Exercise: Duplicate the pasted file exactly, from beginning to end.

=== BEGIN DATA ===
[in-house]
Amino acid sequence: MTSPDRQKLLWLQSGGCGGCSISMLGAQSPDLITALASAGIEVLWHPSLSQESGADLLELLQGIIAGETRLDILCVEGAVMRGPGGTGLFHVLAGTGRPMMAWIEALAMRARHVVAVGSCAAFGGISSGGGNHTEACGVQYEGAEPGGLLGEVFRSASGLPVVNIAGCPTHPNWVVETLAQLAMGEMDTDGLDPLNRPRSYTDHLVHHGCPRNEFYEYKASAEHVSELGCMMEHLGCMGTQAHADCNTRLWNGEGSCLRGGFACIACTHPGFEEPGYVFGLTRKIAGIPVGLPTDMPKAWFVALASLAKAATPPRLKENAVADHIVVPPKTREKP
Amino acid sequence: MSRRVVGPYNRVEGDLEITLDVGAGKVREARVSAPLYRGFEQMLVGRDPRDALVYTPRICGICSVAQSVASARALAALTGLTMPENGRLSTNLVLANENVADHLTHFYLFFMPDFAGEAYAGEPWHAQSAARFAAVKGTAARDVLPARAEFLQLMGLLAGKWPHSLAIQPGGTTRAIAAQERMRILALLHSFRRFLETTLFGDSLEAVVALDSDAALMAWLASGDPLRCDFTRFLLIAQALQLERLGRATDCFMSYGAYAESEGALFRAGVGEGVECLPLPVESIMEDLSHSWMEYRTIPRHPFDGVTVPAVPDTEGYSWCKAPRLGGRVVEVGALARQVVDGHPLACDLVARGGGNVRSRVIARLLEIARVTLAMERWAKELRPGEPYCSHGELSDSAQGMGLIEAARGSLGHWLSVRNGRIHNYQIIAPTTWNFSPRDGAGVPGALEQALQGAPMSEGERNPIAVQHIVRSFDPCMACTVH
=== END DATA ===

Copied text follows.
[in-house]
Amino acid sequence: MTSPDRQKLLWLQSGGCGGCSISMLGAQSPDLITALASAGIEVLWHPSLSQESGADLLELLQGIIAGETRLDILCVEGAVMRGPGGTGLFHVLAGTGRPMMAWIEALAMRARHVVAVGSCAAFGGISSGGGNHTEACGVQYEGAEPGGLLGEVFRSASGLPVVNIAGCPTHPNWVVETLAQLAMGEMDTDGLDPLNRPRSYTDHLVHHGCPRNEFYEYKASAEHVSELGCMMEHLGCMGTQAHADCNTRLWNGEGSCLRGGFACIACTHPGFEEPGYVFGLTRKIAGIPVGLPTDMPKAWFVALASLAKAATPPRLKENAVADHIVVPPKTREKP
Amino acid sequence: MSRRVVGPYNRVEGDLEITLDVGAGKVREARVSAPLYRGFEQMLVGRDPRDALVYTPRICGICSVAQSVASARALAALTGLTMPENGRLSTNLVLANENVADHLTHFYLFFMPDFAGEAYAGEPWHAQSAARFAAVKGTAARDVLPARAEFLQLMGLLAGKWPHSLAIQPGGTTRAIAAQERMRILALLHSFRRFLETTLFGDSLEAVVALDSDAALMAWLASGDPLRCDFTRFLLIAQALQLERLGRATDCFMSYGAYAESEGALFRAGVGEGVECLPLPVESIMEDLSHSWMEYRTIPRHPFDGVTVPAVPDTEGYSWCKAPRLGGRVVEVGALARQVVDGHPLACDLVARGGGNVRSRVIARLLEIARVTLAMERWAKELRPGEPYCSHGELSDSAQGMGLIEAARGSLGHWLSVRNGRIHNYQIIAPTTWNFSPRDGAGVPGALEQALQGAPMSEGERNPIAVQHIVRSFDPCMACTVH